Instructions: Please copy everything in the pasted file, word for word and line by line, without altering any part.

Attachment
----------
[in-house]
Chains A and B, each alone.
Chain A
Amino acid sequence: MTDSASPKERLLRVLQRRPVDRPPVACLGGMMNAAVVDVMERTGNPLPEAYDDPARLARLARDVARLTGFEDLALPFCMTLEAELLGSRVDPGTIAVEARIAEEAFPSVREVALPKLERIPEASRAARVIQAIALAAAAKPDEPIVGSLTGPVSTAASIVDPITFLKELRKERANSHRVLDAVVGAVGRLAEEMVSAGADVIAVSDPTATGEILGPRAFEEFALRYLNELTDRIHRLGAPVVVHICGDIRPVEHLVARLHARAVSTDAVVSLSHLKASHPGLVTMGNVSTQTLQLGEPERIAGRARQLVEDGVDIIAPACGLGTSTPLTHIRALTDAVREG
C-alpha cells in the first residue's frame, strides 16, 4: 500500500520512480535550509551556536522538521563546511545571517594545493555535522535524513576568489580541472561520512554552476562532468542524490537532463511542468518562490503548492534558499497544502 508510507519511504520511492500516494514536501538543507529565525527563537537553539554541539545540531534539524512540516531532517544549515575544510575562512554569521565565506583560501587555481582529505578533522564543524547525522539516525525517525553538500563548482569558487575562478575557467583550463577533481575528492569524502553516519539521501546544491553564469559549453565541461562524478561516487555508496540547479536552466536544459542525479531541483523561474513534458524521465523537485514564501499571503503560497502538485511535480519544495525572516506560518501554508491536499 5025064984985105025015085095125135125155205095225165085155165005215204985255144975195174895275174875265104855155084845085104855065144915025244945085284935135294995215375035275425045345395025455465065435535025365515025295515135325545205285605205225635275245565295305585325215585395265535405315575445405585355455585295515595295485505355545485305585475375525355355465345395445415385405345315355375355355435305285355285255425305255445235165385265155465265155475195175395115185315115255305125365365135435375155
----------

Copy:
[in-house]
Chains A and B, each alone.
Chain A
Amino acid sequence: MTDSASPKERLLRVLQRRPVDRPPVACLGGMMNAAVVDVMERTGNPLPEAYDDPARLARLARDVARLTGFEDLALPFCMTLEAELLGSRVDPGTIAVEARIAEEAFPSVREVALPKLERIPEASRAARVIQAIALAAAAKPDEPIVGSLTGPVSTAASIVDPITFLKELRKERANSHRVLDAVVGAVGRLAEEMVSAGADVIAVSDPTATGEILGPRAFEEFALRYLNELTDRIHRLGAPVVVHICGDIRPVEHLVARLHARAVSTDAVVSLSHLKASHPGLVTMGNVSTQTLQLGEPERIAGRARQLVEDGVDIIAPACGLGTSTPLTHIRALTDAVREG
C-alpha cells in the first residue's frame, strides 16, 4: 500500500520512480535550509551556536522538521563546511545571517594545493555535522535524513576568489580541472561520512554552476562532468542524490537532463511542468518562490503548492534558499497544502 508510507519511504520511492500516494514536501538543507529565525527563537537553539554541539545540531534539524512540516531532517544549515575544510575562512554569521565565506583560501587555481582529505578533522564543524547525522539516525525517525553538500563548482569558487575562478575557467583550463577533481575528492569524502553516519539521501546544491553564469559549453565541461562524478561516487555508496540547479536552466536544459542525479531541483523561474513534458524521465523537485514564501499571503503560497502538485511535480519544495525572516506560518501554508491536499 5025064984985105025015085095125135125155205095225165085155165005215204985255144975195174895275174875265104855155084845085104855065144915025244945085284935135294995215375035275425045345395025455465065435535025365515025295515135325545205285605205225635275245565295305585325215585395265535405315575445405585355455585295515595295485505355545485305585475375525355355465345395445415385405345315355375355355435305285355285255425305255445235165385265155465265155475195175395115185315115255305125365365135435375155